The future is ever changing and it can feel daunting to think about what might happen next or how to adapt as a person or organization to the changes that will occur. What can you do to identify patterns for the future? One thing is to make things smaller and start training a futures mindset so you become more awake to change. Change happens yes, but it’s not always disruptive. Just spot the little differences that are less dramatic and realize that the future is only yesterday’s tomorrow.
Change blindness is a phenomenon to illustrate our inability to identify visual changes. Even when such changes are very dramatic we sometimes fail to notice them, simply because we are focused on something else or because the change is too gradual. There are many examples online where you can test how good you are in seeing things change. When you take this phenomenon to business it becomes evident why it is that we often fail to see ’the next big thing’ or when we miss out on something that seems so obvious years later. People often ask me how they can become better at noticing these changes. One thing that works is to change your perspective often: talk to people from a different industry, talk to your customers, talk to your recent hires and ask them what they see. This is a great way to avoid some of the change blindness that otherwise might occur (as soon as somebody tells you there was a gorilla running through the crowd in one of the examples above you can never not see it anymore). But you also have to accept that you can never see it all.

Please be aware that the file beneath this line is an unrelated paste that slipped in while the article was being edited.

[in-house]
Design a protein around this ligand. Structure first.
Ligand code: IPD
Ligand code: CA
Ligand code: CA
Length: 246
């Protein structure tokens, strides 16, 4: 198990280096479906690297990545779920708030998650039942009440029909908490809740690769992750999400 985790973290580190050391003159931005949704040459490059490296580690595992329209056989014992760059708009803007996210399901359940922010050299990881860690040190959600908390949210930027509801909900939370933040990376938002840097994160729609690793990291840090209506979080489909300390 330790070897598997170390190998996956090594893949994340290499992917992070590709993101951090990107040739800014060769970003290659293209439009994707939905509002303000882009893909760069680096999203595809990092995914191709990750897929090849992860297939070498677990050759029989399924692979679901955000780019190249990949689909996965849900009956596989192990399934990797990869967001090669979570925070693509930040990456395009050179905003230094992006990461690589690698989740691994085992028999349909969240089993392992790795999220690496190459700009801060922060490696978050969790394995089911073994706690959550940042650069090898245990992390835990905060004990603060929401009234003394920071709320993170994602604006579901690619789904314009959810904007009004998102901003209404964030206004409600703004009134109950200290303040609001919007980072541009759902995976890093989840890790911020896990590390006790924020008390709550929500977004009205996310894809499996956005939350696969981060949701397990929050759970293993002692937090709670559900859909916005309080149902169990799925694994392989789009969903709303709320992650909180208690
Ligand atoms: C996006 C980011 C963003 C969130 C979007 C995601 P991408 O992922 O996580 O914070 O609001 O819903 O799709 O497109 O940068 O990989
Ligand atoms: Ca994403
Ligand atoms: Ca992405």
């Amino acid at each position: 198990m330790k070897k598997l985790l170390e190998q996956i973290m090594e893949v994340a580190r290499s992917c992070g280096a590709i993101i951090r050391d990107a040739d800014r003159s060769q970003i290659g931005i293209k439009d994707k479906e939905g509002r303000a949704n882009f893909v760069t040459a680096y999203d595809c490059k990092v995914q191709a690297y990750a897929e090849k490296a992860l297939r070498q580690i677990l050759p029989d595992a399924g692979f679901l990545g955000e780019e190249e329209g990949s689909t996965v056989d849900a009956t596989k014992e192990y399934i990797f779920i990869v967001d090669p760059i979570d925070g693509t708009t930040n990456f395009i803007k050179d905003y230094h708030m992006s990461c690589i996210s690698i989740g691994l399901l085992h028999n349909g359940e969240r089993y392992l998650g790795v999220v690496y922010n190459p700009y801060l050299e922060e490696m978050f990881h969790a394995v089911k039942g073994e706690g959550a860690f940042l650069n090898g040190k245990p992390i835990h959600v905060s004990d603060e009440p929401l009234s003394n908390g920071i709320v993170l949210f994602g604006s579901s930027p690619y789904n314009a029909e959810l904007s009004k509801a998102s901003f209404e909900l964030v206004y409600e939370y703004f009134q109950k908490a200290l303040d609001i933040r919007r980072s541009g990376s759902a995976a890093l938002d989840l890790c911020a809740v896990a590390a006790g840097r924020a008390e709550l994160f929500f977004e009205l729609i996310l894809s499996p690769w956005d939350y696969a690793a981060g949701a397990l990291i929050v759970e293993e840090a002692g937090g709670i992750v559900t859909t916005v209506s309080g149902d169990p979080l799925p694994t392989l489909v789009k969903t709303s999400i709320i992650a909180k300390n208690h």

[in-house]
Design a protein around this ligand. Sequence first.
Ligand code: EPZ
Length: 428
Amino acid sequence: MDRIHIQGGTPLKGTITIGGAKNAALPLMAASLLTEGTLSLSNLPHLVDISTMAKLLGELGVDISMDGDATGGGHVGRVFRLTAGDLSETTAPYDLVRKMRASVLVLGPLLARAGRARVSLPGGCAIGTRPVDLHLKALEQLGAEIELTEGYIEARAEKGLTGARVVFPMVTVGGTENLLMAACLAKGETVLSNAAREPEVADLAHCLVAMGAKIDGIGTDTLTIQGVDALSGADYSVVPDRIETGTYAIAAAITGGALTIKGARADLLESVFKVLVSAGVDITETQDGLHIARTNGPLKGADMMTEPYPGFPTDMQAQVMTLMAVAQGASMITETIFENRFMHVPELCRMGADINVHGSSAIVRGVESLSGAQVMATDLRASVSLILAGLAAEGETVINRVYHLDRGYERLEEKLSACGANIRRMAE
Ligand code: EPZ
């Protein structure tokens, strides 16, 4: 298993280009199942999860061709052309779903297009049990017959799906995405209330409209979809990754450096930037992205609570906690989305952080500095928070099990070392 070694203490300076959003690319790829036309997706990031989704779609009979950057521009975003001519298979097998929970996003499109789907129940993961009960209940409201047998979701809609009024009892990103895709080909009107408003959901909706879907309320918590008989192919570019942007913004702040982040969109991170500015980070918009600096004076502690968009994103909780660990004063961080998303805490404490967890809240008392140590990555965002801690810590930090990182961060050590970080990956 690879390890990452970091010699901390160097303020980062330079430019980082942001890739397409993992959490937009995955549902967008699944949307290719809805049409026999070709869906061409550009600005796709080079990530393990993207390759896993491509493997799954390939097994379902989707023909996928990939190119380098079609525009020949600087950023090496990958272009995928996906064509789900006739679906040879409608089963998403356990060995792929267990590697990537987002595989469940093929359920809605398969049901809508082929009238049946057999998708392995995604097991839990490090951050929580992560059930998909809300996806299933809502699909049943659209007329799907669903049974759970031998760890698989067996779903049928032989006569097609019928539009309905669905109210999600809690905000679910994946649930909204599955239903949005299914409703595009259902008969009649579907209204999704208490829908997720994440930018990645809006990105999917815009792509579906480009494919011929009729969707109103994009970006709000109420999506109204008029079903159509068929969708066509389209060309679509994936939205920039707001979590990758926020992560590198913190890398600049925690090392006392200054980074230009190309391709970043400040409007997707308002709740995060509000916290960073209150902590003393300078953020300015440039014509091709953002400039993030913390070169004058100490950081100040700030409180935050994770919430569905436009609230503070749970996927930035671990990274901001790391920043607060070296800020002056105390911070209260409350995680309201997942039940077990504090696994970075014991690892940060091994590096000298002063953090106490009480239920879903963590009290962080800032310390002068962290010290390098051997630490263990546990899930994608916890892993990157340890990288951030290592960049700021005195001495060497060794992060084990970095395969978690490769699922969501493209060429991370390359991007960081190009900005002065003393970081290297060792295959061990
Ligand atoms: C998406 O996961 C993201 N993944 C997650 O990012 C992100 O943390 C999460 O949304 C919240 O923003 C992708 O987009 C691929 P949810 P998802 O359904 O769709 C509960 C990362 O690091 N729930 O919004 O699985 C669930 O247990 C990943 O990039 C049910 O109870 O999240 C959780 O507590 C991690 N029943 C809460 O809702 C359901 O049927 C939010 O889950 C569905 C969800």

Do it yourself
However, I also think that you can train yourself to become better at noticing changes. One way that I am experimenting with this is to make myself more aware of change by logging the differences in my observations. Lately I have begun to do this by seeing today as a metaphor for the future of yesterday and experiment with more awareness for the changes that then occur. What I do is I keep a ‘journal’ and each day I write down the answers to 3 questions (that I limit to a business perspective for now): what do I think is going to happen tomorrow; what signal do I see for this; what do I sense will change from today? Then the next day (the future) I look back on these notes to see what actually happened and how far off I was. By simply writing my ‘predictions’ down and reflecting back on how those differ from what actually happened, makes me more aware of the changes.
Interestingly, at the start I was always completely off, because the things that I had written down were way too big and dramatic. After a while when I started to make it smaller and when I took my calendar as a guide I became better at it: making myself aware not of the big things, but the small perceptual changes. In a way it is training some type of ‘hyper awareness for change’, which is one ingredient that can help organizations become better at reacting to change with agility. Try it out and see what it does for you.